With the current downturn in the housing market, sellers are getting desperate and looking for new ways to sell their houses. The latest solution? "Subject to Sale" transactions. But could this spell the start of chain sales here in Australia?
"Subject-to-Sale" is a sales system where a buyer makes an offer on a house and will pay for it, provided they sell their own house first. It's not that uncommon in regional areas of Australia and is almost the norm in the UK, however up until recently it had been 20 years since it had been seen in city areas.
The advantages to "Subject-to-Sale" agreements almost all rest with the buyer, who essentially has a get out of gaol free card in the case that their house doesn't sell. However desperate situations call for desperate measures, and in the case of the falling Australian housing market, many sellers are starting to feel concerned.
And they have cause to be worried, as some real estate analysts estimate that property prices (already dropping) could fall by as much as 60% over the next five years.
However are "Subject-to-Sale" sales a solution? Or are they likely to cause even more problems in an already troubled market?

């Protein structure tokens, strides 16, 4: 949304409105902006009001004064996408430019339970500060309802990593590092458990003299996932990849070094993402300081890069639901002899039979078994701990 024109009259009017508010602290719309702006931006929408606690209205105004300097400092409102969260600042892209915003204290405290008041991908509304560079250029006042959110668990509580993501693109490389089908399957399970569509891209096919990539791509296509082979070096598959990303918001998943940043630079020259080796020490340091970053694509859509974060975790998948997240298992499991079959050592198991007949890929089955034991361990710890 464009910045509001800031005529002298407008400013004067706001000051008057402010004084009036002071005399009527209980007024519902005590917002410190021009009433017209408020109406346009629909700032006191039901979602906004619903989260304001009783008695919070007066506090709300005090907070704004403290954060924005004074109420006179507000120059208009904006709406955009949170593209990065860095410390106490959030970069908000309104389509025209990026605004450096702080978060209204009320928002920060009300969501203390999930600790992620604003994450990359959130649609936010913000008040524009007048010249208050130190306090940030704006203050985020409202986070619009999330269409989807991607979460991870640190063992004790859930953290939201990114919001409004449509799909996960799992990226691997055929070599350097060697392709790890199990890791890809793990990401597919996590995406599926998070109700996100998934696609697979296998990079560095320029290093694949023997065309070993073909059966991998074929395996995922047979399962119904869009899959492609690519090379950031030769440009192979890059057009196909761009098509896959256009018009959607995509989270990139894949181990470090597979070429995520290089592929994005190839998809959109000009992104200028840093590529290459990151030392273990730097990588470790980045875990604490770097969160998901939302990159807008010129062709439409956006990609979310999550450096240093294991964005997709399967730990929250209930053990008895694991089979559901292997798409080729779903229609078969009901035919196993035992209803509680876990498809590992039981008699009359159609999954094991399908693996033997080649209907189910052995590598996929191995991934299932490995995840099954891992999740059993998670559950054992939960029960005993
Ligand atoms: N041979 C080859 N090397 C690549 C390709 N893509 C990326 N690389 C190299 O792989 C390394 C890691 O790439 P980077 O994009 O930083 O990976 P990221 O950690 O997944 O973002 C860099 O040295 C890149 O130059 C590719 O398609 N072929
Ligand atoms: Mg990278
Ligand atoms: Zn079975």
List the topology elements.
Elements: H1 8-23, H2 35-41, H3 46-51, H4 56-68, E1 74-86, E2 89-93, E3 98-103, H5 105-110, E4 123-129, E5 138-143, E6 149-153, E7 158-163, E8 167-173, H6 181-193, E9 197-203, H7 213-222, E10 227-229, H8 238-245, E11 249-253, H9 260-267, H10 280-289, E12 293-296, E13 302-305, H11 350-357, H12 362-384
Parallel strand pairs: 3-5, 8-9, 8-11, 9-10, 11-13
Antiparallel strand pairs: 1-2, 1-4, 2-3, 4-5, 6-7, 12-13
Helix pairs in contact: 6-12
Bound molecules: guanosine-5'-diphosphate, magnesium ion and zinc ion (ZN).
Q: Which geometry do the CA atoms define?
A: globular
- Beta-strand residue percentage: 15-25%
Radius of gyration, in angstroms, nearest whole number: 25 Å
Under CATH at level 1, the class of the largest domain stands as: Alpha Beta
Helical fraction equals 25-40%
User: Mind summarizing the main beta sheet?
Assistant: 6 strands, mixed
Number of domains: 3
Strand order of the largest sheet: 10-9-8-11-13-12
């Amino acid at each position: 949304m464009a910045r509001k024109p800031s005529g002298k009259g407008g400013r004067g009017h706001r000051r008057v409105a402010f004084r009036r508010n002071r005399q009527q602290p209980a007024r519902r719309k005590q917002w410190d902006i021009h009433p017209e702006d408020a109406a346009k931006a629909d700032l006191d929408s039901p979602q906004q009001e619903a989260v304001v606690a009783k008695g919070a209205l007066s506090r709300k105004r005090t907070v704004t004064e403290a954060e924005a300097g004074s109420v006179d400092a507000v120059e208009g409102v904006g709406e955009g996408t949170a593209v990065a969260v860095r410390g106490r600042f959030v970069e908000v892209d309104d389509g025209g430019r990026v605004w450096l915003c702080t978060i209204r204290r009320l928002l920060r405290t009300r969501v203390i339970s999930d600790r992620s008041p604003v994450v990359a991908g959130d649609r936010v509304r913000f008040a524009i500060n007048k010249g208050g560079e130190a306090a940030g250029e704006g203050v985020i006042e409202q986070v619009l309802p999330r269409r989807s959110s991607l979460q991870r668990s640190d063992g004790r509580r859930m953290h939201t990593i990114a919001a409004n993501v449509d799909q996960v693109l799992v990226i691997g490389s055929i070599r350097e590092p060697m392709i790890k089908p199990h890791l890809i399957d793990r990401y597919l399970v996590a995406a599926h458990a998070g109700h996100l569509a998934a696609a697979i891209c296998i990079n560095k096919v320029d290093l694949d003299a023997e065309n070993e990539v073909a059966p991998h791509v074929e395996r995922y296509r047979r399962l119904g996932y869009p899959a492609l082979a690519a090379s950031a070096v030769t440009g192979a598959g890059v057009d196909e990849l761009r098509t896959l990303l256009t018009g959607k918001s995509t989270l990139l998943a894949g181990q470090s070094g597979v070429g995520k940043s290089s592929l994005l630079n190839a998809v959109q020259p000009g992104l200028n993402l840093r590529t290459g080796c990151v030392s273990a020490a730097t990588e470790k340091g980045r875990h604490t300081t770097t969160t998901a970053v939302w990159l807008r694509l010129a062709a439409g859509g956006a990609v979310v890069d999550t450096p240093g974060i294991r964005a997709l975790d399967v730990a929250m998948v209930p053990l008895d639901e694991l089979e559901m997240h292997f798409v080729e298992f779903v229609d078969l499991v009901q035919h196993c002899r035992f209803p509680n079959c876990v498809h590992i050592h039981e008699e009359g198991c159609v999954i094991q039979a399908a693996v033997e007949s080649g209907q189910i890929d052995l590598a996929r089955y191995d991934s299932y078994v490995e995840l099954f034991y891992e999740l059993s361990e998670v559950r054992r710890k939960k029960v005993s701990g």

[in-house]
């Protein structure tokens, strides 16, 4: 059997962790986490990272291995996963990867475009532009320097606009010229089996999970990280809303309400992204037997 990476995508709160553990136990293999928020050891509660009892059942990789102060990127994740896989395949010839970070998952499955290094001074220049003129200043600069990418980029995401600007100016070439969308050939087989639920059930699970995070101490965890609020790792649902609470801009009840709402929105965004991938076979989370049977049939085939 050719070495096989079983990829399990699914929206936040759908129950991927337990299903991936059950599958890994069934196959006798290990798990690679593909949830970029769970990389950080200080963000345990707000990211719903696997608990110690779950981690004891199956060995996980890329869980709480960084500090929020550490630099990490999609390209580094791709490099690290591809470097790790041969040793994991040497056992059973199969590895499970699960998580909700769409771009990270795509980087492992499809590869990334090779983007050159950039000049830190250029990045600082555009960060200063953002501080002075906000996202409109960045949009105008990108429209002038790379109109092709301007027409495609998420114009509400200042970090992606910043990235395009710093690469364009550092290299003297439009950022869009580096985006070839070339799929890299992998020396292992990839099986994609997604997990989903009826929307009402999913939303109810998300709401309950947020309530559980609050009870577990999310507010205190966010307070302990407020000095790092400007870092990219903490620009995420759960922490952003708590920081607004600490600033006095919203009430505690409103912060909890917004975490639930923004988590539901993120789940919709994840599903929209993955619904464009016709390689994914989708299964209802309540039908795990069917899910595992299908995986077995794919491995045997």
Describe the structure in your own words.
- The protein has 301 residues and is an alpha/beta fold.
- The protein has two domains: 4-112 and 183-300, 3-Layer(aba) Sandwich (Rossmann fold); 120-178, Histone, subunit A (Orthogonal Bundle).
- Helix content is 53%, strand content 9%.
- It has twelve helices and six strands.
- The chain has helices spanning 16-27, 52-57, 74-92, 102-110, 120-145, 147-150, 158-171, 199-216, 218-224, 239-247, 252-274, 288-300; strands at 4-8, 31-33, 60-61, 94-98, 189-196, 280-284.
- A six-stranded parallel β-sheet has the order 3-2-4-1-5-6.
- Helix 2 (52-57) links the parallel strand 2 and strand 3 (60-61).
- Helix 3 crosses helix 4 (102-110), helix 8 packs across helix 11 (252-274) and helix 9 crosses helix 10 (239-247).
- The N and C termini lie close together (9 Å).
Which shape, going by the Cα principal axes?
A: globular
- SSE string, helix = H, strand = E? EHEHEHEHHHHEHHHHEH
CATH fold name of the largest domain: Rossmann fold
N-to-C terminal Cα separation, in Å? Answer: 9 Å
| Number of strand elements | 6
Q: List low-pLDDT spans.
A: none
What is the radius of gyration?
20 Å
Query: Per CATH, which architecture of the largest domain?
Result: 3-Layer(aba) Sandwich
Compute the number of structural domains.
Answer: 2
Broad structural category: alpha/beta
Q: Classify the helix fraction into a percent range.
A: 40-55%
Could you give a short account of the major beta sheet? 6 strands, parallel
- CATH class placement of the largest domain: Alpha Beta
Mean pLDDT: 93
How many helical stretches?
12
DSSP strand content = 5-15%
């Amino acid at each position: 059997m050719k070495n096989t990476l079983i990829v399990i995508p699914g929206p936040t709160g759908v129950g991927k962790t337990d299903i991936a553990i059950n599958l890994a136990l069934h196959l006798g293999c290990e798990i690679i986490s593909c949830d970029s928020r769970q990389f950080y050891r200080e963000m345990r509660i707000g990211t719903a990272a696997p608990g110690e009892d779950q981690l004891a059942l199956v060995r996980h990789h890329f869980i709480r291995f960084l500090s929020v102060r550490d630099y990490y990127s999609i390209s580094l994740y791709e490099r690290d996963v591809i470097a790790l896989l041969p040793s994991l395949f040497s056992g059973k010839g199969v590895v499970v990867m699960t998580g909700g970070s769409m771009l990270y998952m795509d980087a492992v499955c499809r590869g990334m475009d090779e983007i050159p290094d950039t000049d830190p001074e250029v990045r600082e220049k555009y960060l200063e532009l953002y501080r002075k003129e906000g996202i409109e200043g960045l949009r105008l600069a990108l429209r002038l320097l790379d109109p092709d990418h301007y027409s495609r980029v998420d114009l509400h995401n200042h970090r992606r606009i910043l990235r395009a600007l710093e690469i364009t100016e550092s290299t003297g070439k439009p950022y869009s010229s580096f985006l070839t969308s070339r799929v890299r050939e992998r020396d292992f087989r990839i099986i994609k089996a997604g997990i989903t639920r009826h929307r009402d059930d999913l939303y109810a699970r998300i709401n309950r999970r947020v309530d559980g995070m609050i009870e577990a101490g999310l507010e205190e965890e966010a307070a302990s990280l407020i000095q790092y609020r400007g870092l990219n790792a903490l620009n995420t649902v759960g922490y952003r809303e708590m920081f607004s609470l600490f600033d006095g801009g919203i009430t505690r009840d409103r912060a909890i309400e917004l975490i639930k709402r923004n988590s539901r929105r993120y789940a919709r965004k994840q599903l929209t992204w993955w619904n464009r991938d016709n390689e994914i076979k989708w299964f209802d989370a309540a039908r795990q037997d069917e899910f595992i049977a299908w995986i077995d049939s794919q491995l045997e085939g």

In the UK, the "subject-to-sale" system has transformed into a beast all of its own, where "chains" of people waiting to sell their property before buying the next can become enormous, and realestate agents charge massive fees while trying to manage a chain of sales that can often hinge on just one person raising enough funds on a specific day.
It's a tough call, and with many sellers feeling caught in a catch 22 as they seek to sell for the price they want, but have to wait it out (all the while paying advertising and real estate agent fees) before a high enough offer arrives, it's no surprise that they're looking for other options.
Are "Subject-to-Sale" transactions a valid option for Australian sellers? Or will it spell a troubled future of "chain" sales that rapidly spiral out of control?